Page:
Are you worried about your weight?


How many people reading this will be conscious of putting on a few extra pounds over the festive period. I know I am. Yet, for some, such self- consciousness is a daily battle and goes far beyond feeling a bit fat.

Often beginning at school, perhaps as a result of teasing or being bullied, preoccupation with body image may take over and become an obsession. In adolescence when girls are most sensitive about their looks and body shape, media images can fuel insecurity, often with pictures depicting models airbrushed to portray an idealised but unrealistic image. Other possible causes includes genetic predisposition and hormonal or chemical imbalances.

For the self-conscious teen,hiding away, indulging in excessive grooming or over reliance on make-up or, constantly looking in mirrors examining every little imperfection can become a daily torture, a nightmare relived over and over again. These days it is not just girls who suffer with BDD but an increasing number of boys are becoming obsessed with perceived defects or flaws in their appearance.

Body Dysmorphic Disorder (BDD) is an anxiety related condition associated with distorted body image. In many ways it is similar to Obsessive Compulsive Disorder (OCD) where the compulsion to look in mirrors, check and often pick at the skin can be overwhelming. To the person experiencing it, no matter how much reassurance they may receive, this will afford little comfort. You see, it is a pervasive psychological condition where rather like looking into a fairground mirror, the mind distorts reality. It affects between 0.5% ( OCD-UK) and 1% (NHS Choices) of the population.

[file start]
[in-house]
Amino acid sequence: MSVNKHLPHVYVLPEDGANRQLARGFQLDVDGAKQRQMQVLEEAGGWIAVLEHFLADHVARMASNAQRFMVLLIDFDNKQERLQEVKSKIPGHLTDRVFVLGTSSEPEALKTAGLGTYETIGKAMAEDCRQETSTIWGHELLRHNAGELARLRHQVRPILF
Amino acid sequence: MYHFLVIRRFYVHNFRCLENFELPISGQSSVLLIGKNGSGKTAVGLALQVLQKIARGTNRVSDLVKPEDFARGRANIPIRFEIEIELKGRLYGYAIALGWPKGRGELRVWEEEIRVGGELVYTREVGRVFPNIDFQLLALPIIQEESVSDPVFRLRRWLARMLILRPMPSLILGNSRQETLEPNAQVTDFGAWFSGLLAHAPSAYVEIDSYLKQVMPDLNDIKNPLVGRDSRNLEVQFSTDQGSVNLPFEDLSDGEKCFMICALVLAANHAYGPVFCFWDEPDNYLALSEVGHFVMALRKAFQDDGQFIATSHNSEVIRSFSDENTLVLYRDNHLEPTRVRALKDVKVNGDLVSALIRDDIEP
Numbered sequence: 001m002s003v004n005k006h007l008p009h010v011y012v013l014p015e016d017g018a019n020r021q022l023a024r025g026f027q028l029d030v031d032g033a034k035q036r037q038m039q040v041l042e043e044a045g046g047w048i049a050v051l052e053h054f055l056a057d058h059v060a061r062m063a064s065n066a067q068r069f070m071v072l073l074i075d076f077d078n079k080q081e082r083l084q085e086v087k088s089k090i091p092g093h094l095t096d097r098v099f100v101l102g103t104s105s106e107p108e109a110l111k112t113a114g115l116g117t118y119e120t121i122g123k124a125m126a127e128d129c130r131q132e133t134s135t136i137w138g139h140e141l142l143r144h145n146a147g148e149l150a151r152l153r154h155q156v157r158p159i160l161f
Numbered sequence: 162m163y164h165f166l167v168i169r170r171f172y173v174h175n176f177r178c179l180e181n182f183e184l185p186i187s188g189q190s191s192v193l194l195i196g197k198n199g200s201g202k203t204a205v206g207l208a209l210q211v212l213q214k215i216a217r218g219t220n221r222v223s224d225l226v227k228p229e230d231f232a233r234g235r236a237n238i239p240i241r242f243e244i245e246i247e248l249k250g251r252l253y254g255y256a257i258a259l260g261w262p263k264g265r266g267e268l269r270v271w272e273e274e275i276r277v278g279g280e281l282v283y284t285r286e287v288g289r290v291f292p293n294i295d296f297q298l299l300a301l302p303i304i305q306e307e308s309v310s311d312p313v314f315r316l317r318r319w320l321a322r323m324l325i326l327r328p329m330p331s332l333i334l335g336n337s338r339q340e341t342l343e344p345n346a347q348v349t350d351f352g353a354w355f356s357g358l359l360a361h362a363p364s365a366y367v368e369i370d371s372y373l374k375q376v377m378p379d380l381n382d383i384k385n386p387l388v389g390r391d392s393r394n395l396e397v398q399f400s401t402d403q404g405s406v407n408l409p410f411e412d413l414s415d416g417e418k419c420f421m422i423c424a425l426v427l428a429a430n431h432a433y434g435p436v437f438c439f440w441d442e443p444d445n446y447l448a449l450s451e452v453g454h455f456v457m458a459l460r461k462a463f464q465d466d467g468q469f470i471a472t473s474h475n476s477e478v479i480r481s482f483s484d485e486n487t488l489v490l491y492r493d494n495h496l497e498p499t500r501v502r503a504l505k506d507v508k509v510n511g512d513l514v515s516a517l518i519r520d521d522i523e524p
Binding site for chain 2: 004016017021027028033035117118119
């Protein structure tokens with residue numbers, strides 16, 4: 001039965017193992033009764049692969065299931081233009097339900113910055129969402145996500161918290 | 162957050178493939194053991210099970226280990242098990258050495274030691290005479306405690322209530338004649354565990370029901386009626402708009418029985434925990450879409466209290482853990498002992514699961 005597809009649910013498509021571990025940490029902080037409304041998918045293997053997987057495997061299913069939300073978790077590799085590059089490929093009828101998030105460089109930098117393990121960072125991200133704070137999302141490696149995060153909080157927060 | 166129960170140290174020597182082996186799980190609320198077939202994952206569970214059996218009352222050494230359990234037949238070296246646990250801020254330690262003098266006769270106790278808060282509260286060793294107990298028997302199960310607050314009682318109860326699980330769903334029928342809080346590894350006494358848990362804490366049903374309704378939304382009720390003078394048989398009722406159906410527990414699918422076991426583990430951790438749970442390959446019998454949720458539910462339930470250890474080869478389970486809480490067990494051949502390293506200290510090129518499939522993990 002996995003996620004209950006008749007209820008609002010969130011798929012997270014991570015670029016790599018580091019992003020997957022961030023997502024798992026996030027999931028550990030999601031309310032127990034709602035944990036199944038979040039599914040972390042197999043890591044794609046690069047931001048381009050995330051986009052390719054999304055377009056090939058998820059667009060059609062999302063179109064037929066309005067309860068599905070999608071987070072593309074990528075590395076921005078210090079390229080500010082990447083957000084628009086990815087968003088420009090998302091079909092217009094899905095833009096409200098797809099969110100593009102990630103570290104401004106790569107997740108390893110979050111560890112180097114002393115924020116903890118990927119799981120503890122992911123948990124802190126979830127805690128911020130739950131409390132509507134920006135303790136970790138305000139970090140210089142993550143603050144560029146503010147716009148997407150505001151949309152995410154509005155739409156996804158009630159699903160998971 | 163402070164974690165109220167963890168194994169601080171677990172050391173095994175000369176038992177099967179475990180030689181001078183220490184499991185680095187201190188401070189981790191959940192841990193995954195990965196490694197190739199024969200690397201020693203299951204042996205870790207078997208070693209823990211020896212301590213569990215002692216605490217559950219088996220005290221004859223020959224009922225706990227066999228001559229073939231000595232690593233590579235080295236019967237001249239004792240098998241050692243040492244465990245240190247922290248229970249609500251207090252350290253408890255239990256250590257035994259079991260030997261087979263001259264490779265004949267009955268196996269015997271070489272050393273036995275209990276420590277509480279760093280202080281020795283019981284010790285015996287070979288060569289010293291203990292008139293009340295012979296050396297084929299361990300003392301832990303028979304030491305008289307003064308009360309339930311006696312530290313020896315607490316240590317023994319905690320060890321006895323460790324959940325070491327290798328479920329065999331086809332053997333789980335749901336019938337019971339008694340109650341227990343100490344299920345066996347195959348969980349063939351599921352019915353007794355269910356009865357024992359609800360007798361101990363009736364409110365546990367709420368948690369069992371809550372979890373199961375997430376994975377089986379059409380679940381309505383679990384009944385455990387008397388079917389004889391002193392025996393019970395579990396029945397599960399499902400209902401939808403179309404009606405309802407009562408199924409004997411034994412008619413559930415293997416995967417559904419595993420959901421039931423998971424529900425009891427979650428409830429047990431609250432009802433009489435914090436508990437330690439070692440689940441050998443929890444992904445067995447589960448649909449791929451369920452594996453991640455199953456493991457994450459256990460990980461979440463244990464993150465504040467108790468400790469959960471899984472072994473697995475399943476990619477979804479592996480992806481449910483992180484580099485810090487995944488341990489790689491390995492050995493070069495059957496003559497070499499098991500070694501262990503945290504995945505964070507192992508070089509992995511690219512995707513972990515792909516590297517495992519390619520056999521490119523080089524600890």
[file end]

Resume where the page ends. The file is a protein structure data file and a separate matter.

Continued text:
BDD is a serious condition and can lead to depression and even suicide. It is common in those who suffer with anxiety, in particular those with a history of OCD, social phobia. It frequently exists alongside eating disorders such as anorexia and bulimia.

What signs might indicate that BDD may be a problem?

  • Becoming pre-occupied with looking at others, comparing yourself to others.
  • Having feelings of disgust or revulsion about your body.
  • Seeing yourself as abnormal, odd or different.
  • Feeling that others are judging you (and your body) in a negative way.
  • Avoiding or obsessing over mirrors, constantly checking your appearance.
  • Using make up, clothing or hair to hide supposed defects, imperfections or flaws.
  • Becoming overwhelmed or upset over your appearance (commonly focusing on facial features such as the nose or perhaps complexion).
  • Feeling uncomfortable and anxious when in company.
  • Becoming secretive and not wanting to seek help.
  • Contemplating plastic surgery to correct perceived bodily defects.
  • Obsessing over food, diet and exercise.

What help is available?

The start point with regard to getting help should ideally be your family doctor. It is likely that they will recommend Cognitive Behavioural Therapy, a form of talking therapy that focuses on the way our perception affects our thoughts, emotions and behaviours. This type of therapy has proved to be very effective with BDD and is recognised by the National Institute for Clinical Excellence (NICE). Medication may also be extremely helpful, in particular SSRI antidepressants. Sometimes there also may be a role for antipsychotic medication.

The key thing is to recognise that you have a problem and that you need help

Until next time, Steve Clifford, Cognitive Behavioural Psychotherapist.

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